4. Dress the Part – There is a reason why the presidential candidates are always wearing suits for the men and dresses for the women. They need to be received by their audience as an authority on their topic.

To cover the tough subject speeches, I would suggest dressing-up to perform them. Wear your best! Someday you may be called upon to give a speech where formal wear is required. Giving a speech while wearing a suit or dress is much different than getting in front of a crowd wearing jeans and a tee-shirt. This too requires practice to become used to it.

5. Practice! – I know this sounds cliche, but you will need far more practice to handle the tough topics successfully when you’re on stage. So, plan for them. Embrace them when the tough topics come your way.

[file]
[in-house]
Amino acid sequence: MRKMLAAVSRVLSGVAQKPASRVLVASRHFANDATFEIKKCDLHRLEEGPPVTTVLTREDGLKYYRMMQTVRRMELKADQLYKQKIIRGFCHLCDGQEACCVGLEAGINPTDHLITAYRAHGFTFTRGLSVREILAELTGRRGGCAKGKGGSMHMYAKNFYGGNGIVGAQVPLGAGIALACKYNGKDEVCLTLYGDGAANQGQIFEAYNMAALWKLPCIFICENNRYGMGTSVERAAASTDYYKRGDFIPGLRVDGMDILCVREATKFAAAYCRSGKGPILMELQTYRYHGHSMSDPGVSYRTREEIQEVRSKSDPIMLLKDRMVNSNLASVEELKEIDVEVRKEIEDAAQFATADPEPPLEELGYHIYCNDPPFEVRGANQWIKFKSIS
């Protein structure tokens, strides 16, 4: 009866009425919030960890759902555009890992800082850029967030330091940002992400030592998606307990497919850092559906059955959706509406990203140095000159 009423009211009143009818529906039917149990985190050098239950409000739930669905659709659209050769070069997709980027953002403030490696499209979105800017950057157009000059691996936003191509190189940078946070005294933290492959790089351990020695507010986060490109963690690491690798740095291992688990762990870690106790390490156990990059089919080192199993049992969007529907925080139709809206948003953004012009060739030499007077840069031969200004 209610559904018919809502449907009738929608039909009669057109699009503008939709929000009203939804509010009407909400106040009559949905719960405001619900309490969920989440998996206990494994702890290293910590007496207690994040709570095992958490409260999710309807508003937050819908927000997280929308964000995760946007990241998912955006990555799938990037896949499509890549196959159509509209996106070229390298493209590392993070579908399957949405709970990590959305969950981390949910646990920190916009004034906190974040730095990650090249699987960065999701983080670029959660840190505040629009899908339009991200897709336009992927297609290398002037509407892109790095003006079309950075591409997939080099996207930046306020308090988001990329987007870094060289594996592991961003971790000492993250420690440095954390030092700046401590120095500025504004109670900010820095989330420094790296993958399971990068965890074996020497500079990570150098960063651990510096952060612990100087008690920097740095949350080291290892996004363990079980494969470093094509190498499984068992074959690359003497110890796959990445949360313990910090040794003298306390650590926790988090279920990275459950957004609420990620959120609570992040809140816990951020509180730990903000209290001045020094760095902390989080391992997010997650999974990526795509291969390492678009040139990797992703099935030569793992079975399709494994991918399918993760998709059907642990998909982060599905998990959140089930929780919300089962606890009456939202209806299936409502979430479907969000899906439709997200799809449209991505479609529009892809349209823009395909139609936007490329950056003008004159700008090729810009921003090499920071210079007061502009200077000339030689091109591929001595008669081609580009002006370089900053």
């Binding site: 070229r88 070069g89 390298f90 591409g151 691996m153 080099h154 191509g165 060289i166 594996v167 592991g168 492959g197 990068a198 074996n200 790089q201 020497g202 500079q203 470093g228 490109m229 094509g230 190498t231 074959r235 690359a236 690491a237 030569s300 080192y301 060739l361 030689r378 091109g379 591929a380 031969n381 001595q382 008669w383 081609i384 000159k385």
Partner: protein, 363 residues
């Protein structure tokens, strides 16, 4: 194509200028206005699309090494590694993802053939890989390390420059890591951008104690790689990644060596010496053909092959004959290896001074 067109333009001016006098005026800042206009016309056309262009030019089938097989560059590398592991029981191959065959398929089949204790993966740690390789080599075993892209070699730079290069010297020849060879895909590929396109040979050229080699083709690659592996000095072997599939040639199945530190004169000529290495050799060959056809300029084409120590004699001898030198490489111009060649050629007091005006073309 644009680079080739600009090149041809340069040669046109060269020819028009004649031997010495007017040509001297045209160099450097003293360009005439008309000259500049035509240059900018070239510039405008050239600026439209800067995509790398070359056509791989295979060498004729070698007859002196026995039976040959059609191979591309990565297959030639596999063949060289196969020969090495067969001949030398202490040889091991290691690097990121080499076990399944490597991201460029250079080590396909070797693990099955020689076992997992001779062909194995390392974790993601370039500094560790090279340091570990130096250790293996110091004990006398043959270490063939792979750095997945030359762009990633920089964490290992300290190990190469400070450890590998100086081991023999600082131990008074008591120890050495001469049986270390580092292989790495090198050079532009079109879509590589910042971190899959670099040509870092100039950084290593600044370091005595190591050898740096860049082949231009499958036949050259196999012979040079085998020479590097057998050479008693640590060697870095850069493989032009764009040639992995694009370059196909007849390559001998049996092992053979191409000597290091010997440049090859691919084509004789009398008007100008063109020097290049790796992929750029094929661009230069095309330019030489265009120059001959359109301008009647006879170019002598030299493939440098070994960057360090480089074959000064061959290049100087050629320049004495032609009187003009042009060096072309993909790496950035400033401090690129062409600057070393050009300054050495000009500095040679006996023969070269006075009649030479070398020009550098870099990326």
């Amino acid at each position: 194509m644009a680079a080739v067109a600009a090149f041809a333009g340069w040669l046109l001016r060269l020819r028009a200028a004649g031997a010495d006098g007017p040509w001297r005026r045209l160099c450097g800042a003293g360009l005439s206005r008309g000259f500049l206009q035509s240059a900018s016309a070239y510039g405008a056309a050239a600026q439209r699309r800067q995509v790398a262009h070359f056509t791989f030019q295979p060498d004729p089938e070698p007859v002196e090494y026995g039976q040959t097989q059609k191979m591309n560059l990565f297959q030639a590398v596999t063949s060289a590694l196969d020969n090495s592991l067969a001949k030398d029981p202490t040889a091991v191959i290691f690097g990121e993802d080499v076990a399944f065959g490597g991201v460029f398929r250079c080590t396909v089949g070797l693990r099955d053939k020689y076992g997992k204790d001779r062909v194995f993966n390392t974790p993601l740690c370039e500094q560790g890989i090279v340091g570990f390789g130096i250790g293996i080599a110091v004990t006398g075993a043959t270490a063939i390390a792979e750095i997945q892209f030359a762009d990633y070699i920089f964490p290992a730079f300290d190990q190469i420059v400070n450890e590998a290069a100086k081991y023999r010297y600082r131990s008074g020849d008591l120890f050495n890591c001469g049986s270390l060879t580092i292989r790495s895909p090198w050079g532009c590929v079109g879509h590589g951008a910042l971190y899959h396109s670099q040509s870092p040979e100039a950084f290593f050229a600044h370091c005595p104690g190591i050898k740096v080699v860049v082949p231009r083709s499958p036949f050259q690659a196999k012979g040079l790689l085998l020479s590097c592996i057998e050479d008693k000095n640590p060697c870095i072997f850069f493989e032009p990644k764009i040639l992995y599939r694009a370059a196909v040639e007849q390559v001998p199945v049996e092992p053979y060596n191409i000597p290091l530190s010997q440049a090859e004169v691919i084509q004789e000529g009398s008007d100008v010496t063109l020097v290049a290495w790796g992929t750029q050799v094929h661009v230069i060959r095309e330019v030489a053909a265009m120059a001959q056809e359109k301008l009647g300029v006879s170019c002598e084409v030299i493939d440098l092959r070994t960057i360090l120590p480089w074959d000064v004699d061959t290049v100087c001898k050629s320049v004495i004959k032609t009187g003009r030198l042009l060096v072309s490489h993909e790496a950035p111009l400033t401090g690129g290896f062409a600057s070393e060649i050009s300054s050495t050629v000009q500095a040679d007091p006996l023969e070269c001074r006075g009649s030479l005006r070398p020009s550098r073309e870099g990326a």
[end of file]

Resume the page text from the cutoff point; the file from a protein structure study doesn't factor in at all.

One great way to practice tough topics is during “Table Topics” in Toastmasters. When you get one of those tough topics to respond to, that makes you feel uncomfortable, embrace the opportunity!

Answer the question. Stay on-topic. Consider this your opportunity to practice the steps of anticipating misunderstanding, agree with the opposition, and illustrating your view.

My Challenge to You

My challenge is to pick the most challenging topic for you to talk about where you are completely one-sided about the issue.

Assume there will be people in the audience that will misunderstand your opinion, so craft your speech with them in mind. Agree that you understand there could be times where the opposing view could be the better way to go. Then, carefully consider a good
example they can relate to so that your opinion will be understood.

A great manual objective to use for this speech is the Competent Communicator manual objective #3, which is to “Get to the Point.”

Now, go tackle that tough topic!